HISTORIAN Mike Pringle told a fascinated audience how the First World War affected Swindon at Savernake Street Social Hall yesterday.
Mike, a member of Swindon in the Great War, spoke about the way it influenced different classes, those left at home while battles were being fought and how the global conflict changed the outlooks of the town’s businesses.
The talk also included details of how underage boys would want to sign up to fight for their country, how a woman’s role changed and how influential the Great Western Railway became.
Due to rail travel, soldiers would regularly come through Swindon while supplies and weaponry would come to and from the town with the Adver describing Swindon as ‘the busiest place in the country’ during the war.
“GWR became our biggest employer making around 200,000 vehicles per year, that is some feat even today,” Mike said.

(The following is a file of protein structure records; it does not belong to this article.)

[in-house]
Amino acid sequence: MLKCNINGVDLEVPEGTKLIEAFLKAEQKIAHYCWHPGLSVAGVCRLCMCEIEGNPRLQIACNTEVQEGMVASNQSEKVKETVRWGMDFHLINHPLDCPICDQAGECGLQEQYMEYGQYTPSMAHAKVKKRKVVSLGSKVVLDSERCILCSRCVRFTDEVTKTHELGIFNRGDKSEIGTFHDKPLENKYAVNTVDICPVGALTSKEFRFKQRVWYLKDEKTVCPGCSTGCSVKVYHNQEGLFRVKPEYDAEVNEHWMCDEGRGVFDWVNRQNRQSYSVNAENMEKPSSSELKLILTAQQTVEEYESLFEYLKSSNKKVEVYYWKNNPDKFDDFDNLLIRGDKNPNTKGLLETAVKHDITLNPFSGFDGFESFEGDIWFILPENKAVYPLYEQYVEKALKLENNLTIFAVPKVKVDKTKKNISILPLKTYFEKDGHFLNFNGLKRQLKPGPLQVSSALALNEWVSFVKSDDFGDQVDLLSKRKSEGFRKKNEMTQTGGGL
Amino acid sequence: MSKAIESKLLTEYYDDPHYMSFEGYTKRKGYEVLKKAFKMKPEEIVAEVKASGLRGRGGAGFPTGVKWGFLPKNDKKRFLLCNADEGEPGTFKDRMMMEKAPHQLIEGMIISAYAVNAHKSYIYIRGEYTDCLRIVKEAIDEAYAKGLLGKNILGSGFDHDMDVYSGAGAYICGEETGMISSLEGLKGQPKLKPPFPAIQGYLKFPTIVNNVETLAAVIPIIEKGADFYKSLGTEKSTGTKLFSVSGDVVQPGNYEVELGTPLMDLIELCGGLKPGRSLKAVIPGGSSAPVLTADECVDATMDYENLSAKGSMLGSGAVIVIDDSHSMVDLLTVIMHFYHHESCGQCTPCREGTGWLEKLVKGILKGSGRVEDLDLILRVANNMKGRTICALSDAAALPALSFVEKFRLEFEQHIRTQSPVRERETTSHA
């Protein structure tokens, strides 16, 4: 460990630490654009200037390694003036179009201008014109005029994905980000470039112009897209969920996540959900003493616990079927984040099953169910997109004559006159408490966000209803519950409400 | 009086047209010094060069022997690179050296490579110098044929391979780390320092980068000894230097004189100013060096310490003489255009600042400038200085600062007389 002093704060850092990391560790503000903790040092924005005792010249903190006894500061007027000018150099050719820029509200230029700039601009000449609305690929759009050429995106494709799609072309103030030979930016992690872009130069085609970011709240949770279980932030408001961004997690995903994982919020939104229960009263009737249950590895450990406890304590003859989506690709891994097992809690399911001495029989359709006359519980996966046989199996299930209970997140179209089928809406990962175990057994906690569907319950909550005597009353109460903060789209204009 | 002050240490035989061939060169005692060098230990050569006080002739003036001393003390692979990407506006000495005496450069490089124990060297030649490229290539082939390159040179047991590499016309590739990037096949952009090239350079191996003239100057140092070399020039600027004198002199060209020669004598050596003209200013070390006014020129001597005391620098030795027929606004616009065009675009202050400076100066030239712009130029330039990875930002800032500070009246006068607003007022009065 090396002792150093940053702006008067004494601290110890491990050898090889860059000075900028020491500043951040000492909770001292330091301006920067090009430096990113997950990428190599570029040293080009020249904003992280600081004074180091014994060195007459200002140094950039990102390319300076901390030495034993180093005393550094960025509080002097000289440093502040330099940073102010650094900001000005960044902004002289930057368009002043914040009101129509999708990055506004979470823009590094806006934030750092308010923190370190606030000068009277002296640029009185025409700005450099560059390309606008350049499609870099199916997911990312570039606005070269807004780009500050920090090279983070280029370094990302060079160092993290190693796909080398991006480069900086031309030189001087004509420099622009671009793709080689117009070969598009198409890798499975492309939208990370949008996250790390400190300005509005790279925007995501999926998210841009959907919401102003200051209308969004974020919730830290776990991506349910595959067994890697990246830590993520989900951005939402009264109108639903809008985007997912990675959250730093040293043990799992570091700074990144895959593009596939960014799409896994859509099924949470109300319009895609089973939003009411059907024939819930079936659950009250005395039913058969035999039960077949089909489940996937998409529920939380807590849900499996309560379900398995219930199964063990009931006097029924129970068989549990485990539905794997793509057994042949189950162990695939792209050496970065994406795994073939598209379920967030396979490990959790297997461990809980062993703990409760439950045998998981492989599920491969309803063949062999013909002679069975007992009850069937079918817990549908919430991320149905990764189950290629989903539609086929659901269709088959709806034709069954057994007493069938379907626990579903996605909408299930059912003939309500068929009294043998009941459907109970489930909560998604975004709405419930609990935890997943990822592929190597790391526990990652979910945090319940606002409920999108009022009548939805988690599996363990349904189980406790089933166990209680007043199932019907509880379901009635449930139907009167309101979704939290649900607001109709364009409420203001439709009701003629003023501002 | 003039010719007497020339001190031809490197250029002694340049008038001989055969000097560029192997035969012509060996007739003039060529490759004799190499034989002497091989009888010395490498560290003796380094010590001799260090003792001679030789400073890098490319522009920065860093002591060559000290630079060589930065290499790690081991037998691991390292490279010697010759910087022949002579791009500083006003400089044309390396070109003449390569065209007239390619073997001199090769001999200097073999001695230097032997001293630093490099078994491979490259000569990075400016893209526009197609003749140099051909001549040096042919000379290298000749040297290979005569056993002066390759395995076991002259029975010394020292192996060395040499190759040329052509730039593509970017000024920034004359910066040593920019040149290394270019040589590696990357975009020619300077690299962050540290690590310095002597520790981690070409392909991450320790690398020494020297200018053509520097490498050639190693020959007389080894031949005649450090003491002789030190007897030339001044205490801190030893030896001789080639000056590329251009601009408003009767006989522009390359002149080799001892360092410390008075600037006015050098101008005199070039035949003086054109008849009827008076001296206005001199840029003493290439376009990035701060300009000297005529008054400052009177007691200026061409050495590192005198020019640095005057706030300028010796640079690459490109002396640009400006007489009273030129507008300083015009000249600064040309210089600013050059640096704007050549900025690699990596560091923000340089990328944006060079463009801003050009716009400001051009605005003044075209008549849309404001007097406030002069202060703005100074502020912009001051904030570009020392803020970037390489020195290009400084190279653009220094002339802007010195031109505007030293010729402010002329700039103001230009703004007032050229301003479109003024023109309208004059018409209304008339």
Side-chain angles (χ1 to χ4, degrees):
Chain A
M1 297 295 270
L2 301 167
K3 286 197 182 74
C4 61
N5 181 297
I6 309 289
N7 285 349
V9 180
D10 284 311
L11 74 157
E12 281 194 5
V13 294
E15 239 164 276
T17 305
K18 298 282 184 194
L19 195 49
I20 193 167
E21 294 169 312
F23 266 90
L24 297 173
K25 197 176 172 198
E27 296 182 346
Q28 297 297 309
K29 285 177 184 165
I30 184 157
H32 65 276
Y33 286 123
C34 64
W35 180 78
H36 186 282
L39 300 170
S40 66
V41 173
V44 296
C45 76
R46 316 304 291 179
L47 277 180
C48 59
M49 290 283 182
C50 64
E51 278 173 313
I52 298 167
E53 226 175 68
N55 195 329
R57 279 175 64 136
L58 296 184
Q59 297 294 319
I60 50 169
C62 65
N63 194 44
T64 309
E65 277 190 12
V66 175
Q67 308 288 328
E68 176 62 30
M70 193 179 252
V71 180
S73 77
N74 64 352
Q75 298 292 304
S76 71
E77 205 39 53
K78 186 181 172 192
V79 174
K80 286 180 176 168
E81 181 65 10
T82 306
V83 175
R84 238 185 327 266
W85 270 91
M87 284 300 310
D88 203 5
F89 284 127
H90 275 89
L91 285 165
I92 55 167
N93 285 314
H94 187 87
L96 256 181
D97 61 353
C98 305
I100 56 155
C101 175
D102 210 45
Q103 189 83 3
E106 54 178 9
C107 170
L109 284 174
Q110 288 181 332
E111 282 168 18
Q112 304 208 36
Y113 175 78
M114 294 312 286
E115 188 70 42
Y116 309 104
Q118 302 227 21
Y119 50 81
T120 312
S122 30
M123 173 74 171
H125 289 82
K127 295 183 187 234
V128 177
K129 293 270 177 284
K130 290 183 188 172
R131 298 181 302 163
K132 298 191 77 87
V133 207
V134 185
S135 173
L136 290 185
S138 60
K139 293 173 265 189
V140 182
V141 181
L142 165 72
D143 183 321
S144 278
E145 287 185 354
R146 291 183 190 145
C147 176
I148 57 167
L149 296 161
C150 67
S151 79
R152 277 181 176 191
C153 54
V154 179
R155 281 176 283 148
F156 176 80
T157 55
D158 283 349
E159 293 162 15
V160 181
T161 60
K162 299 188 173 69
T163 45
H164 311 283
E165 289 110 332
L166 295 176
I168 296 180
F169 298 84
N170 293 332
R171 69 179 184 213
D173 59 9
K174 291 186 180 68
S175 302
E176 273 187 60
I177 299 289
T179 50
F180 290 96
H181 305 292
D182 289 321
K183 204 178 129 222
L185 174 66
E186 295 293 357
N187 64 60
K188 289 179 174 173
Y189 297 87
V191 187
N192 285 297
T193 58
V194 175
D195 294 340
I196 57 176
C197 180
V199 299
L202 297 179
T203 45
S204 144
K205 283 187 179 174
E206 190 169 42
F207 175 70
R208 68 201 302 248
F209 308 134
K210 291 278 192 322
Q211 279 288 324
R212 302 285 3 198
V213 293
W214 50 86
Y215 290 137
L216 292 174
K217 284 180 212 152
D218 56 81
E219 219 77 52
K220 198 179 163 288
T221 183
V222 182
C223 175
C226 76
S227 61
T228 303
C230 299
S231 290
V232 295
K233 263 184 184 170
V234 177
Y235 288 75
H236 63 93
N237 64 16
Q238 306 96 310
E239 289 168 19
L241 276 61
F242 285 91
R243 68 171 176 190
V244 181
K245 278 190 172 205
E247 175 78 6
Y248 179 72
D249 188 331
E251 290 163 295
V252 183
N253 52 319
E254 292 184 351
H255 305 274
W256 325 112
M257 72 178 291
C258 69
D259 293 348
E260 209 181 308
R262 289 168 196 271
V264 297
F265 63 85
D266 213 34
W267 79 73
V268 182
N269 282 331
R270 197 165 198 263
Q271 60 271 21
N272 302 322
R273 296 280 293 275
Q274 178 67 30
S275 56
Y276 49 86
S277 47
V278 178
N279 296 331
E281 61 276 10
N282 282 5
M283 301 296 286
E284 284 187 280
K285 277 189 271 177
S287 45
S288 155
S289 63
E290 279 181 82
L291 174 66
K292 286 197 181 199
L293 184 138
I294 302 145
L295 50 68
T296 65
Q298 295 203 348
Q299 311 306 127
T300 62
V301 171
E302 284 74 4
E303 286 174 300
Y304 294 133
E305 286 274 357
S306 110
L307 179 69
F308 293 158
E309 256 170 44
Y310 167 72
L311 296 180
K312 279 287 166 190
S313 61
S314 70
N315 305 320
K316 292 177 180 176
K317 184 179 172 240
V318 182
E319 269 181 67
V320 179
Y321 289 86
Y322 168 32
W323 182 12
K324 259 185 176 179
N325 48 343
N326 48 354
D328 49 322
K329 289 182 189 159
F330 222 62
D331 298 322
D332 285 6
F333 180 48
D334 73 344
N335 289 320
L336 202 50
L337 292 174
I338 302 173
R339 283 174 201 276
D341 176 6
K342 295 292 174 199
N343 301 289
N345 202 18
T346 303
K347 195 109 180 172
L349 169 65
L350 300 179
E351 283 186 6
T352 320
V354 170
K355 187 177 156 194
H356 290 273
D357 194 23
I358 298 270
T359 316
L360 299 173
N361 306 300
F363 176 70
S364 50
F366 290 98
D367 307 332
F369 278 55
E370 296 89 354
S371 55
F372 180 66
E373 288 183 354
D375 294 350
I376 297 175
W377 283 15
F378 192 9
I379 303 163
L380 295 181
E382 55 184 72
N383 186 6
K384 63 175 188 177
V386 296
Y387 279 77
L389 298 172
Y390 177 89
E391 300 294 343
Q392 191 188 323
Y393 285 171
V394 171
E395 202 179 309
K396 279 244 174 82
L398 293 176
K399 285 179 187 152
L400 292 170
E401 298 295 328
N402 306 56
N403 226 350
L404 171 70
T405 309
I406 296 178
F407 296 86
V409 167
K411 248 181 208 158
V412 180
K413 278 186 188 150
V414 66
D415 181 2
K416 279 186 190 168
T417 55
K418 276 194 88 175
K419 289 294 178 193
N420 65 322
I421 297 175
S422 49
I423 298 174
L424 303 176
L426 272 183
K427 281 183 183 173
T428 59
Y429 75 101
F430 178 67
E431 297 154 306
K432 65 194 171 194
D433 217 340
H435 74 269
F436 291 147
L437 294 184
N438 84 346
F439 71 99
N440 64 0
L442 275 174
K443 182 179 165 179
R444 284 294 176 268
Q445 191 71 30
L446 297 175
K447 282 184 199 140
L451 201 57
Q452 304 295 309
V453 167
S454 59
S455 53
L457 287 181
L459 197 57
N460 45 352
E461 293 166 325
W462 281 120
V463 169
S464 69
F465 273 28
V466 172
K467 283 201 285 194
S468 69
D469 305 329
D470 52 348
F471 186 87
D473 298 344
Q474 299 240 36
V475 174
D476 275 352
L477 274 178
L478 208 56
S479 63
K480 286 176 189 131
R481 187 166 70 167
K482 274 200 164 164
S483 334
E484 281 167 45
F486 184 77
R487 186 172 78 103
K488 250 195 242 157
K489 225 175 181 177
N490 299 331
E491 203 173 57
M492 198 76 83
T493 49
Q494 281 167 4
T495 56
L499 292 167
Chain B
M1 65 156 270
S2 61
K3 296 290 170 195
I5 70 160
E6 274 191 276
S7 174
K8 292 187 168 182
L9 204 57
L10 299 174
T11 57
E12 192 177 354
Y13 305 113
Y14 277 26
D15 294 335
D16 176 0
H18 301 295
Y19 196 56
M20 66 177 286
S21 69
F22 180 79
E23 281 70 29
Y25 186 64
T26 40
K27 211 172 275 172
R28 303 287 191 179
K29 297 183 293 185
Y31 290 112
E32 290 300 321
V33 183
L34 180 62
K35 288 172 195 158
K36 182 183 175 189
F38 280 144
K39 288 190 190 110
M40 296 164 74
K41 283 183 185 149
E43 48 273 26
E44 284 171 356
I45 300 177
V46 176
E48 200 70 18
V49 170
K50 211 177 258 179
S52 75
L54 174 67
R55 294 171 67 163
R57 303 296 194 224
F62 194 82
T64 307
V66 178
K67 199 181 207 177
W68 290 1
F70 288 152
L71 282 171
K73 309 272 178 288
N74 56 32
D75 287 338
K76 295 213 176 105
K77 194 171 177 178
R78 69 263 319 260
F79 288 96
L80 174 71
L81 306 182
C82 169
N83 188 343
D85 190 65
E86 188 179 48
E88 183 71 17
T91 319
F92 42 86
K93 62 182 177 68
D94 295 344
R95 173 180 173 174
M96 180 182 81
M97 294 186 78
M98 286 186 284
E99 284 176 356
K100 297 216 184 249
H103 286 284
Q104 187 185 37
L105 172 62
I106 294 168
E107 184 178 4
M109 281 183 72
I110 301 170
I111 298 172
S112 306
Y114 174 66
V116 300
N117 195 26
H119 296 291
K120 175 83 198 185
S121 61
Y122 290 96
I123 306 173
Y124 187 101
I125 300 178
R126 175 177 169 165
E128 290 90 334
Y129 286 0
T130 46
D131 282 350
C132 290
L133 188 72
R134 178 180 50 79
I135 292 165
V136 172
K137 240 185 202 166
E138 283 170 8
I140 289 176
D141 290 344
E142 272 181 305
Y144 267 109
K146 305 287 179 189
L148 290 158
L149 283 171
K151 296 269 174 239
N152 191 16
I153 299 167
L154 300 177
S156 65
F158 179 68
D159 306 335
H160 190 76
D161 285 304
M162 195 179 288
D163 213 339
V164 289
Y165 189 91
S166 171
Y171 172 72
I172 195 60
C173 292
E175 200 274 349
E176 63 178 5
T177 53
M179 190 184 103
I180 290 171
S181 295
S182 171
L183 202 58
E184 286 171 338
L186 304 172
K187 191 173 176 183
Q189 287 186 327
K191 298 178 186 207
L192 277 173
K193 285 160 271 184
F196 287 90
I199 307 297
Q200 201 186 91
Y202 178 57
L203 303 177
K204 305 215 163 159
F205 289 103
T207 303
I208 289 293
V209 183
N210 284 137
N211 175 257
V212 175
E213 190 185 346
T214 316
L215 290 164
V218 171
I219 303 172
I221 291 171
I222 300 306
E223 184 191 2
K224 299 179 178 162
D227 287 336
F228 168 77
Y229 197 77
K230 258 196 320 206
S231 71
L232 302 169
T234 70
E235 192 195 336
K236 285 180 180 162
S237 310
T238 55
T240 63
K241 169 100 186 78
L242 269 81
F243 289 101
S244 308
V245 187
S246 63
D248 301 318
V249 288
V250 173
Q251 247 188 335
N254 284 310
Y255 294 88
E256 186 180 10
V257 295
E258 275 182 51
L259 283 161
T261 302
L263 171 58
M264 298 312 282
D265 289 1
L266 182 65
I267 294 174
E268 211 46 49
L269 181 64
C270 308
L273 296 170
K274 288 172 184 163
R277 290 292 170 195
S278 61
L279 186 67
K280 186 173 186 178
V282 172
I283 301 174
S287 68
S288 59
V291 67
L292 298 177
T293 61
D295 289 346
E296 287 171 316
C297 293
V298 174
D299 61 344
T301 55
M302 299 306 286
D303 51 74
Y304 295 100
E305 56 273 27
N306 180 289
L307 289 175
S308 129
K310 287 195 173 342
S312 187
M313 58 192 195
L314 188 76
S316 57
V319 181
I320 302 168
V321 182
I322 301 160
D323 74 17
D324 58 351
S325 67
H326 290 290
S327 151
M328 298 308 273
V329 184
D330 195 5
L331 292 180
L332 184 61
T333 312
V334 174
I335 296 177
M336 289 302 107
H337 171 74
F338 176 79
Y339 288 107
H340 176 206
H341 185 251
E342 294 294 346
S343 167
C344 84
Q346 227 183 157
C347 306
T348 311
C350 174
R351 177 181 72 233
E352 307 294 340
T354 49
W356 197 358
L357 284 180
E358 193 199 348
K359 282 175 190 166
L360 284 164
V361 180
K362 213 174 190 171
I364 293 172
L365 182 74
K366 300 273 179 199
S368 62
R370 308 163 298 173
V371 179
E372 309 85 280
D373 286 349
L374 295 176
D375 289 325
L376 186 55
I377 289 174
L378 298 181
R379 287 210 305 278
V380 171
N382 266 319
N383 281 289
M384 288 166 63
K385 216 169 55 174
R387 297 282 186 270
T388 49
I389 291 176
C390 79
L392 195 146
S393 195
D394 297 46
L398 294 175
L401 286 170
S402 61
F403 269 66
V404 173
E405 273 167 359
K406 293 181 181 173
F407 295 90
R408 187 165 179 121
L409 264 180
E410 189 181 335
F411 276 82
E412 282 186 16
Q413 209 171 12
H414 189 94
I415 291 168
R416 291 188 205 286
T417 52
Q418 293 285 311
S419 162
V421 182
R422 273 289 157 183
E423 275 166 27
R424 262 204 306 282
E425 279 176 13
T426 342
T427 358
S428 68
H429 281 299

“As much as it was hard for those who’d left Swindon to serve in the Great War it also took a great toll on those left behind. Life for women changed dramatically as they had to continue doing the things they already were while also taking on jobs, which were seen as dominated by men, while food supplies could also be sparse with the prices of them going up and up.”
The story is told in a Swindon specific edition of a Great War book publisheded in July. The Swindon in the Great War group will also be overseeing the town’s commemorations of the First World War centenary in July.
Mark Sutton, from the group, held a guided tour around Radnor Street Cemetery, on Thursday, telling stories of some of the 104 servicemen who are buried there with 80 losing their lives during the First World War.
- Anyone with a story about relatives or artefacts from the war can contact us on 01793 501806.